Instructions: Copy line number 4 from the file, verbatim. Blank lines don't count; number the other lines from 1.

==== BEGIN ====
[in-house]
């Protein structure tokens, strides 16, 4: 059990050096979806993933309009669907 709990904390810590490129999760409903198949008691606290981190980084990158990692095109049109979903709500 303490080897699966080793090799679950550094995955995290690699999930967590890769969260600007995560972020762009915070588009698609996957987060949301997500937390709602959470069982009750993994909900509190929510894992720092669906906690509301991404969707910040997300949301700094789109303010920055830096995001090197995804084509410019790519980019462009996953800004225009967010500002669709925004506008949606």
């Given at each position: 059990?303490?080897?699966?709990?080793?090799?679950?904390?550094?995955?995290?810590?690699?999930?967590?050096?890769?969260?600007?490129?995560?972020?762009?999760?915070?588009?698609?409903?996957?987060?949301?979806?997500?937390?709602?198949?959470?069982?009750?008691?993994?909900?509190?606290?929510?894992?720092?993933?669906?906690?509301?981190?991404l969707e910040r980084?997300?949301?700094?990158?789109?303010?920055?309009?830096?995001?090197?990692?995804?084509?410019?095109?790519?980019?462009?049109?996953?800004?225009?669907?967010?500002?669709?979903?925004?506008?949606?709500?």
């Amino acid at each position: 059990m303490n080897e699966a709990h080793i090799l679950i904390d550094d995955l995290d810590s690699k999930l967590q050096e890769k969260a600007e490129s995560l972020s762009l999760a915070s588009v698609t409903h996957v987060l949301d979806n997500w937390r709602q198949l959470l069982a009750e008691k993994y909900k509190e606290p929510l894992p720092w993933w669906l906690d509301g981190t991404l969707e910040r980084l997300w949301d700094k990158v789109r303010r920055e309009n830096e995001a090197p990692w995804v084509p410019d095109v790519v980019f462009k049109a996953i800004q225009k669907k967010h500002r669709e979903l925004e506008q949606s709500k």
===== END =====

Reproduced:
């Amino acid at each position: 059990m303490n080897e699966a709990h080793i090799l679950i904390d550094d995955l995290d810590s690699k999930l967590q050096e890769k969260a600007e490129s995560l972020s762009l999760a915070s588009v698609t409903h996957v987060l949301d979806n997500w937390r709602q198949l959470l069982a009750e008691k993994y909900k509190e606290p929510l894992p720092w993933w669906l906690d509301g981190t991404l969707e910040r980084l997300w949301d700094k990158v789109r303010r920055e309009n830096e995001a090197p990692w995804v084509p410019d095109v790519v980019f462009k049109a996953i800004q225009k669907k967010h500002r669709e979903l925004e506008q949606s709500k």